US Circular Economy for Lubricants Growth Opportunities

US Circular Economy for Lubricants Growth Opportunities

Demand for Sustainable and High-quality Base Oils Drives Future Growth Potential

RELEASE DATE
17-Sep-2021
REGION
North America
Research Code: MG57-01-00-00-00
SKU: EN01271-NA-MT_25791
$2,450.00
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$2,450.00
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Description

The United States accounts for more than 20% of all lubricants consumed globally. It has one of the highest per capita consumption rates of 7.6 gallons per year. Key factors such as high automobile use or ownership and a huge variety of industries contribute to the demand for lubricants. In 2020, total demand for lubricants in the United States reached 2.09 billion gallons, of which about 1.17 billion gallons of used oil were generated while the rest was lost in use. Currently, the used oil collected is an estimated 72% of the used oil generated by automotive and industrial users of lubricants.

A push for decarbonization and smaller carbon footprints is driving the move toward a circular economy for the lubricants industry. Achieving these sustainability goals requires less dependence on both imported fuel and on highly polluting fossil fuel extraction. In the last decade, collection of used oil has grown significantly in the United States, primarily driven by stringent enforcement of policies by individual states and the US Environmental Protection Agency (EPA), including the Resource Conservation and Recovery Act (RCRA) that regulates the management of hazardous and non-hazardous waste. Current estimates from the US Department of Energy (DOE) indicate that 30% of the used oil collected is re-refined as base oil, which is then made into a variety of lubricants.

Lubricants manufactured from re-refined base oil were previously considered inferior to lubricants made from virgin crude oil. However, an increase in awareness, advancements in used oil re-refining technology, and the economical and environmental sustainability benefits of re-refined base oil based lubricants in the last 10 years have caused a steady rise in their acceptance and adoption.

The United States is the leading consumer and exporter of API-Group II base oil, but it imports 80% of its Group III base oils. Group II, the most commonly used base oils, serves a wide variety of automotive and industrial lubricants. High-performing, high-stability products with improved wear resistance require Group III base oils, which are equated to semi-synthetic lubricants. Evolving standards aimed at reducing emissions and increasing demand for high-performance lubricants have sparked demand for Group III base oils in the United States. Currently, only one US used oil re-refiner has the capability to produce re-refined Group III base oils. New market entrants are investing in advanced technologies to produce Group III base oil from used oil.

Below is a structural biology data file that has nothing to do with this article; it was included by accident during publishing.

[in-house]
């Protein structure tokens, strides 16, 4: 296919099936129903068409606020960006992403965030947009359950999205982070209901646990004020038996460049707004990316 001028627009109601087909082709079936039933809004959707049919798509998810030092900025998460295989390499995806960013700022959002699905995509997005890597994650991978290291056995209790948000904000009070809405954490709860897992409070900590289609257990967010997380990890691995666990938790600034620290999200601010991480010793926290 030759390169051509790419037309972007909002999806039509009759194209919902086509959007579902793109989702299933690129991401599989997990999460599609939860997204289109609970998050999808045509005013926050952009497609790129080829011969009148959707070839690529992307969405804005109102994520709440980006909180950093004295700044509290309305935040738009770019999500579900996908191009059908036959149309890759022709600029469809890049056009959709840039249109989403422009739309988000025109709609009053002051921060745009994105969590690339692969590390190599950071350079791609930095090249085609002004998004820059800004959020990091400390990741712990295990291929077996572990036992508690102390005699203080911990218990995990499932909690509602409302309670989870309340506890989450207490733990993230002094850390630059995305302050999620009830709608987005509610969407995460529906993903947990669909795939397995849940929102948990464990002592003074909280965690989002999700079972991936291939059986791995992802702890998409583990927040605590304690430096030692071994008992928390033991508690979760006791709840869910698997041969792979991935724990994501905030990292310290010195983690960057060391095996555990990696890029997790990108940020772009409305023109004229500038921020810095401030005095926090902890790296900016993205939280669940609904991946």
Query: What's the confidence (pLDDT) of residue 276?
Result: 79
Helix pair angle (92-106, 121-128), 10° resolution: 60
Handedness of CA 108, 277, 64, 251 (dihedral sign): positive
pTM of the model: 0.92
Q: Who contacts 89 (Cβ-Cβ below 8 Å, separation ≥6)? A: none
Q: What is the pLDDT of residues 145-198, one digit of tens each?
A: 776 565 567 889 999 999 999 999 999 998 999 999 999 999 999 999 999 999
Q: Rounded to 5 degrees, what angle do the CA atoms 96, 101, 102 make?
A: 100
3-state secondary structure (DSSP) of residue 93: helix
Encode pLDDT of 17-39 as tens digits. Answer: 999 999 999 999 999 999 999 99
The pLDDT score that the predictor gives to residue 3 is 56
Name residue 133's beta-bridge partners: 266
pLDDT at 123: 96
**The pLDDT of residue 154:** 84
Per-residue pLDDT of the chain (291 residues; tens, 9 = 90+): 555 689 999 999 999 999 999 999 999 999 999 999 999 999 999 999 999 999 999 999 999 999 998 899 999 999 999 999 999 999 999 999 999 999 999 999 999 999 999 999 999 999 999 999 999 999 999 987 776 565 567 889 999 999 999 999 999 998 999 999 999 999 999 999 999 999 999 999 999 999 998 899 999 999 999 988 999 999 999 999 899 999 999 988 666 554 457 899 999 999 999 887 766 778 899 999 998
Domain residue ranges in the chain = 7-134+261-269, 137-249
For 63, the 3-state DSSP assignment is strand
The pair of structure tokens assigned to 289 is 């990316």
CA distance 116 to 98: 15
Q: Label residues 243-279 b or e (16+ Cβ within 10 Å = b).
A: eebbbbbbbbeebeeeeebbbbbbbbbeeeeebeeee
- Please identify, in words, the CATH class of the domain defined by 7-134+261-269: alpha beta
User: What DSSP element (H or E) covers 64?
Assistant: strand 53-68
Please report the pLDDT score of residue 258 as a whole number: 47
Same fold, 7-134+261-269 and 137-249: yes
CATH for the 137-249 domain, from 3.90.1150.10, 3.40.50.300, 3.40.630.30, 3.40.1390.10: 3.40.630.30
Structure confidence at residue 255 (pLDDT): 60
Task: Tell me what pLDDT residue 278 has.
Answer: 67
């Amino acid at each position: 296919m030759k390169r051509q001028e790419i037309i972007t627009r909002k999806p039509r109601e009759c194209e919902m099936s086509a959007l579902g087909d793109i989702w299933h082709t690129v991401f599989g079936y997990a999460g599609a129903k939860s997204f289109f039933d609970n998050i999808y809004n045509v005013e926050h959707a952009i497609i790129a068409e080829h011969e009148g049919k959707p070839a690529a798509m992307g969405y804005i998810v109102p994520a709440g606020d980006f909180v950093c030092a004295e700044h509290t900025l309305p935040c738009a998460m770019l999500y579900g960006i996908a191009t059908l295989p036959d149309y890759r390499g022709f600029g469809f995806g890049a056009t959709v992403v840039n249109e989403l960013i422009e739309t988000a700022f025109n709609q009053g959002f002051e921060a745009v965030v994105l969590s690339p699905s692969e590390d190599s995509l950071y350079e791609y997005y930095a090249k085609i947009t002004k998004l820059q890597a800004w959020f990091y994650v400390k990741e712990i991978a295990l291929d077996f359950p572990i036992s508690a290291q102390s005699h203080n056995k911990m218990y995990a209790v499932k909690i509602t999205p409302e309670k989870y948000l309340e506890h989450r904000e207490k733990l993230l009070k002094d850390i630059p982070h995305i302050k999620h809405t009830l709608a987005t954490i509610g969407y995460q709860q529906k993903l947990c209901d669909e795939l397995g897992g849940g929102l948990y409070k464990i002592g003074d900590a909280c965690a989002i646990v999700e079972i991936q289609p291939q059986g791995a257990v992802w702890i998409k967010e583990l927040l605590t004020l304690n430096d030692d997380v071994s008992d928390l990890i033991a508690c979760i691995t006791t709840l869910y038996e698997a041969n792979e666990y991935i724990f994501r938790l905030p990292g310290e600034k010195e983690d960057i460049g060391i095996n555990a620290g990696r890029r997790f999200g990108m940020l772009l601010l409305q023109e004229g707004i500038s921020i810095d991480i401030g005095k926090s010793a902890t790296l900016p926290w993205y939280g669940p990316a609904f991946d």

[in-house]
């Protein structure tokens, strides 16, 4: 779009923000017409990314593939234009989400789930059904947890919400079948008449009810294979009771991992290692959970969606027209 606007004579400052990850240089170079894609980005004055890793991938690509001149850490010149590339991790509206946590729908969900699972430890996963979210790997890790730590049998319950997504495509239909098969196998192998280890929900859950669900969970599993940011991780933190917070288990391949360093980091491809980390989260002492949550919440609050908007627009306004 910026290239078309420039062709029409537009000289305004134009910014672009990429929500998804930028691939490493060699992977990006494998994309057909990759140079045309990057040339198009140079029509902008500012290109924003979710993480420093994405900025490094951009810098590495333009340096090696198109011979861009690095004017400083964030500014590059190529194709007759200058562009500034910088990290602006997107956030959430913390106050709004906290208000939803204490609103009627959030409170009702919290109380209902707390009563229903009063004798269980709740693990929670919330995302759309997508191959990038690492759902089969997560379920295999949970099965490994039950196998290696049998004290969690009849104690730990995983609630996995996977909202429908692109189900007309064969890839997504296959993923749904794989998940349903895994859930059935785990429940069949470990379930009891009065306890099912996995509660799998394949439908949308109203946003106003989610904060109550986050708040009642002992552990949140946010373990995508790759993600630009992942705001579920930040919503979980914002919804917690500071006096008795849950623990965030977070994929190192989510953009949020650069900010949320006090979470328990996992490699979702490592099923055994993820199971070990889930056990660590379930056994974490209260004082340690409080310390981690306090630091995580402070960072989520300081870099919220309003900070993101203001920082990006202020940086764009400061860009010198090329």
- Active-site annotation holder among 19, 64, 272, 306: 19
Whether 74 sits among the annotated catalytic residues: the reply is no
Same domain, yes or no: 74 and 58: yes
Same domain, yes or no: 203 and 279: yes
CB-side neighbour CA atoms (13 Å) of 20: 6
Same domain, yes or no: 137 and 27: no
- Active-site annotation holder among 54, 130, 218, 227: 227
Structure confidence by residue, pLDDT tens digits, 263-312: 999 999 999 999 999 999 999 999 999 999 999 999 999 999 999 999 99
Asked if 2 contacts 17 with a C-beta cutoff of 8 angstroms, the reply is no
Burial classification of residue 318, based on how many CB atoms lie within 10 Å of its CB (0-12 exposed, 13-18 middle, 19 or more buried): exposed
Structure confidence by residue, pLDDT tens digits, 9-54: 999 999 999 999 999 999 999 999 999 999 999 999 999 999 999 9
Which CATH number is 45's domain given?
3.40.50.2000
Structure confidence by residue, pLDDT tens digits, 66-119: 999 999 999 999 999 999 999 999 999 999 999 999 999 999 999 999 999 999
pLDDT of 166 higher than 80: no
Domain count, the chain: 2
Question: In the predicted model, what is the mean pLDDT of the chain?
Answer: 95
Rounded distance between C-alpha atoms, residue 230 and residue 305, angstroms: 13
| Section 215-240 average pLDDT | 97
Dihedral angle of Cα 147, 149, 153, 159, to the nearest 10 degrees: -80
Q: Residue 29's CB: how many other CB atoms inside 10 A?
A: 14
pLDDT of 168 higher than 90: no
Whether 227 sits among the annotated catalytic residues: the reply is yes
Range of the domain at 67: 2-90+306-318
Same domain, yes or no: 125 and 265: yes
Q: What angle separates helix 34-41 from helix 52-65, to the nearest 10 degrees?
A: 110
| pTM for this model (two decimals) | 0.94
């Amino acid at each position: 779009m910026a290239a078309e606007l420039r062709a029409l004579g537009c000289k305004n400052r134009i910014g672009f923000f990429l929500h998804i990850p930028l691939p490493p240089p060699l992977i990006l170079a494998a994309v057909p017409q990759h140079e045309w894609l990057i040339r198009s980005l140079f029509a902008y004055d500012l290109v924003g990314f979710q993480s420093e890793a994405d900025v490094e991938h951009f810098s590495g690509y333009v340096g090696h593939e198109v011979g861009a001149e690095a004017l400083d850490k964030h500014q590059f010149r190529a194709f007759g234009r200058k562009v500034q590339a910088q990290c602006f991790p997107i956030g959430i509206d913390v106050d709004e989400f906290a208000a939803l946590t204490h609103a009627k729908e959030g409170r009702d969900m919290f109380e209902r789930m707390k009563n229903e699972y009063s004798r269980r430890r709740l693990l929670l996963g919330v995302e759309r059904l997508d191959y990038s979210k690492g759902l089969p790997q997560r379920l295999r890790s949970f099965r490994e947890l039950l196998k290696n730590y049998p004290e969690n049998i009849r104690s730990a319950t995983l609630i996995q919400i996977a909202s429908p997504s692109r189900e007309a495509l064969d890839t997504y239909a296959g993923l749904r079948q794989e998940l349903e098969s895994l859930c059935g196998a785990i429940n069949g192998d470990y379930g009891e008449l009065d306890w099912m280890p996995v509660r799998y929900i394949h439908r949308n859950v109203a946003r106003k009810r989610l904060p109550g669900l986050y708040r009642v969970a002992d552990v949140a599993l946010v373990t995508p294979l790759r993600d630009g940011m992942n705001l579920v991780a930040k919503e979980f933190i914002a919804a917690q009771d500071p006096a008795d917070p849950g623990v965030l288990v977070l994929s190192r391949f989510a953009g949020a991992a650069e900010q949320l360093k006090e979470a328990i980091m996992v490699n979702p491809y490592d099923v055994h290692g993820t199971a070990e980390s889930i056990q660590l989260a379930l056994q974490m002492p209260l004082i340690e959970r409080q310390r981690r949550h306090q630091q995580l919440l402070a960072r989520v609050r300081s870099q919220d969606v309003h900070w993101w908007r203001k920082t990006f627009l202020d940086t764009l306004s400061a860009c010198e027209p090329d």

Frost & Sullivan estimates that the US circular economy for lubricants will increase at a CAGR of 8% in the next 5 years. Tier I re-refiners hold more than 80% of the re-refined base oil production market share. The demand for recycled fuel oil is set to decrease in the next 5 years whereas re-refined base oil production will increase. The market is witnessing consolidation by Tier I players who are leveraging their dominant positions to improve collection efficiency and increase re-refined base oil production, which has high market value.

Key Issues Addressed

  • What is the current market situation and what is its forecasted growth rate?
  • What factors are influencing growth of the circular economy for lubricants and to what extent will they have an impact?
  • What are the key growth opportunities?
  • What are the innovative technologies currently disrupting the market?

Author: Paul Hudson

RESEARCH: INFOGRAPHIC

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Table of Contents

Why is it Increasingly Difficult to Grow?

The Strategic Imperative 8™

The Impact of the Top Three Strategic Imperatives on the US Circular Economy for Lubricants Industry

Growth Opportunities Fuel the Growth Pipeline Engine™

Key Growth Metrics for US Circular Economy for Lubricants Market

Growth Drivers for Circular Economy for Lubricants Market

Growth Restraints for Circular Economy for Lubricants Market

Overview of Used Oil Collection Market in the United States

Key Metrics of Lubricant Demand and Used Oil Generated, Lost in Use, and Collected

Used Oil Collection in the United States

Used Oil Collection in the United States (continued)

Used Oil Market Value Chain

Used Oil Re-refining Process

Products & By-products of Used Oil Re-refining